Remembering Henry Ford’s failed suburban utopia in Brazil

Read about Fordlandia, Henry Ford’s town built from scratch in Brazil:

The community was spurred by a problem caused by the incredible success of Ford’s empire. By the early 1900s, America was gobbling up more than 70 percent of the world’s rubber, most of it going to Detroit. These were the days when rubber still came from plants—meaning that most of it had to be shipped from Southeast Asia. Ford, a dude who was pretty into efficiency, was hesitant to keep buying his company’s supply from Asia, where British rubber plantations were churning out most of the global supply. So he set out to establish his own rubber farm. In a fit of creativity, he named it Fordlandia.

In 1928, Ford sent an envoy of supplies and Ford workers to a 6,000-square-mile plot of land on the Amazon. The charter’s mission was to embed American suburbia in the heart of the rainforest. Within a relatively short period of time, they’d set up homes, running water, electricity—plus all kinds of other extras (like swimming pools) that played to Ford’s belief that leisure was an essential part of the economy.

Local workers were expected to adopt a suburban Michigan lifestyle, too—along with a healthy dose of Ford’s own morals, which meant that both booze and ladies were outlawed within the town. According to a terrific podcast from How Things Work, the transplant town even hosted mandatory square dancing. Hamburgers and other American fare featured in the cafeteria…

But it turned out that rubber plants were being cultivated in Southeast Asia instead for a very good reason: There were no natural floral predators there, as there were in Brazil. Production was sluggish, and the Michigan managers had zero botany know-how.

Three things are notable: Ford’s attempt to control production from start to finish, his interest in having a company town, and his idea that he could simply import an American suburb to Brazil. This could be interpreted as a quixotic effort but it also seems to have darker undertones of American imperialism.

Chicago moving forward with federal money to improve riverwalk

Chicago has done a great job developing public space along its lakefront. Not so much along the river. But, new federal money is coming that will help the city improve the downtown space along the Chicago River:

A $100 million federal loan to build an urban playground along the Chicago River downtown is a “done deal,” outgoing U.S. Transportation Secretary Ray LaHood said Thursday.

Appearing along the river with LaHood, Mayor Rahm Emanuel said he expects groundbreaking for the extension of the Riverwalk to take place in 2014. The six-block project would run along the south bank from State Street to West Lake Street.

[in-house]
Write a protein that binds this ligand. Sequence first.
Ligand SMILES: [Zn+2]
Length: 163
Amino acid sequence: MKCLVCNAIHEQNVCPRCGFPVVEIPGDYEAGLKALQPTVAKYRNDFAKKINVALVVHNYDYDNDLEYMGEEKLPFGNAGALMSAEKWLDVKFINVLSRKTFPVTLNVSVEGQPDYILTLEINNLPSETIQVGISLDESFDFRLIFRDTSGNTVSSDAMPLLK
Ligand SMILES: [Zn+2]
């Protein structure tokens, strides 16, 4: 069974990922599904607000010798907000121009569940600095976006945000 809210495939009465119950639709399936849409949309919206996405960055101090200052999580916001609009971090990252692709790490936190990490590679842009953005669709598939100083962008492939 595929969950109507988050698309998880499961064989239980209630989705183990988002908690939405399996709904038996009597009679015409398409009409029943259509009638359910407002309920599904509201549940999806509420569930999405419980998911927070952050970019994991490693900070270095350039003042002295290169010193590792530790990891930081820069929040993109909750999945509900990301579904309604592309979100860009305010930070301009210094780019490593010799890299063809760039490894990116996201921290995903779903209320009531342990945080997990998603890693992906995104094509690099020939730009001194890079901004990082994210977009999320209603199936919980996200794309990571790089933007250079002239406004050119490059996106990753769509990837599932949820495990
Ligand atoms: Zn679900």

The Riverwalk extension is set to include a learning center focusing on the river’s ecology, a “zero-depth fountain” for children to splash in, kayak rentals and a wood-planked section dotted with floating gardens, among other amenities. Details were announced last October…

Emanuel has pressed to continue branding the riverfront as a recreational destination for Chicagoans along the lines of the lakefront or Millennium Park. On Thursday, he characterized developing the riverfront — begun by Mayor Richard Daley — as an important moment in Chicago moving beyond its industrial past.

Why has it taken so long for Chicago to utilize this asset? This part of the Chicago River runs right through a set of impressive buildings and a business district as well as borders tourist areas. As Emanuel suggests, the river is part of Chicago’s industrial legacy. Indeed, Chicago is still dealing with improving the a lot of the land around the river. Originally, the railroad bringing freight and goods to Chicago came up from the south to the southern edge of the Chicago River east of Michigan Avenue. This was a docking area. This is the same area that has only boomed in recent decades and now includes hit buildings like Aqua. Lower Wacker Drive might be nice for cars and the original truck traffic that would be routed off surface streets might it doesn’t exactly lend itself to a pedestrian park.

In the end, this could be a great space for Chicago. I do wonder how the water quality of the river might impact these park spaces but there is a lot of potential here. If Chicago is going to boost its tourist numbers, this could help.

Military towns benefit from increased compensation

USA Today reports “16 of the 20 metro areas rising the fastest in the per-capita income rankings since 2000 had military bases or one nearby.” Compensation packages have increased since 2000: “Soldiers, sailors and Marines received average compensation of $122,263 per person in 2009, up from $58,545 in 2000.”

While places with nearby military bases benefited from these changes, USA Today also found some losers in per-capita income over the past decade. These include high-tech centers, college towns, and industrial cities.